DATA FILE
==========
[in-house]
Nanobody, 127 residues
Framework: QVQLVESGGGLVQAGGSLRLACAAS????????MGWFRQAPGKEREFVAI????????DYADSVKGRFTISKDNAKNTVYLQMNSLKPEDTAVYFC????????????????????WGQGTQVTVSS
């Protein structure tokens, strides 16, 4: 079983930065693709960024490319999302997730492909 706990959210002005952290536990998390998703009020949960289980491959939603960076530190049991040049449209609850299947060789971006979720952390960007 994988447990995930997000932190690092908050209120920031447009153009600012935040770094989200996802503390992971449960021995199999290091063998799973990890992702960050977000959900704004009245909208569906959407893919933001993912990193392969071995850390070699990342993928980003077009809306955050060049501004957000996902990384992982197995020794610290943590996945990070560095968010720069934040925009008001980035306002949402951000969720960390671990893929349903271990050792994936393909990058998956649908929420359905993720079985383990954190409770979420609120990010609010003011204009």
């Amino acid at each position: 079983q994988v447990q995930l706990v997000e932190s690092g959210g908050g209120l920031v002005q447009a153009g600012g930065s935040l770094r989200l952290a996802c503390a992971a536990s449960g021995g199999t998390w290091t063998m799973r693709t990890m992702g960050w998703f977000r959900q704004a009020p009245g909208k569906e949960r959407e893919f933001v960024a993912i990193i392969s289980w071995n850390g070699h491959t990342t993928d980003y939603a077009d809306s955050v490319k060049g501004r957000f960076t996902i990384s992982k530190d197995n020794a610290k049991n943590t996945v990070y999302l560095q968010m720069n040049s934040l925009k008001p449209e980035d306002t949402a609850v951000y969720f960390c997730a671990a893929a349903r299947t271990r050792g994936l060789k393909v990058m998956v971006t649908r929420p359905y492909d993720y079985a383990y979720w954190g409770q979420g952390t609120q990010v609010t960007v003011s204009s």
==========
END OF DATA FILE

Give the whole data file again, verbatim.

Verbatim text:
[in-house]
Nanobody, 127 residues
Framework: QVQLVESGGGLVQAGGSLRLACAAS????????MGWFRQAPGKEREFVAI????????DYADSVKGRFTISKDNAKNTVYLQMNSLKPEDTAVYFC????????????????????WGQGTQVTVSS
């Protein structure tokens, strides 16, 4: 079983930065693709960024490319999302997730492909 706990959210002005952290536990998390998703009020949960289980491959939603960076530190049991040049449209609850299947060789971006979720952390960007 994988447990995930997000932190690092908050209120920031447009153009600012935040770094989200996802503390992971449960021995199999290091063998799973990890992702960050977000959900704004009245909208569906959407893919933001993912990193392969071995850390070699990342993928980003077009809306955050060049501004957000996902990384992982197995020794610290943590996945990070560095968010720069934040925009008001980035306002949402951000969720960390671990893929349903271990050792994936393909990058998956649908929420359905993720079985383990954190409770979420609120990010609010003011204009």
């Amino acid at each position: 079983q994988v447990q995930l706990v997000e932190s690092g959210g908050g209120l920031v002005q447009a153009g600012g930065s935040l770094r989200l952290a996802c503390a992971a536990s449960g021995g199999t998390w290091t063998m799973r693709t990890m992702g960050w998703f977000r959900q704004a009020p009245g909208k569906e949960r959407e893919f933001v960024a993912i990193i392969s289980w071995n850390g070699h491959t990342t993928d980003y939603a077009d809306s955050v490319k060049g501004r957000f960076t996902i990384s992982k530190d197995n020794a610290k049991n943590t996945v990070y999302l560095q968010m720069n040049s934040l925009k008001p449209e980035d306002t949402a609850v951000y969720f960390c997730a671990a893929a349903r299947t271990r050792g994936l060789k393909v990058m998956v971006t649908r929420p359905y492909d993720y079985a383990y979720w954190g409770q979420g952390t609120q990010v609010t960007v003011s204009s």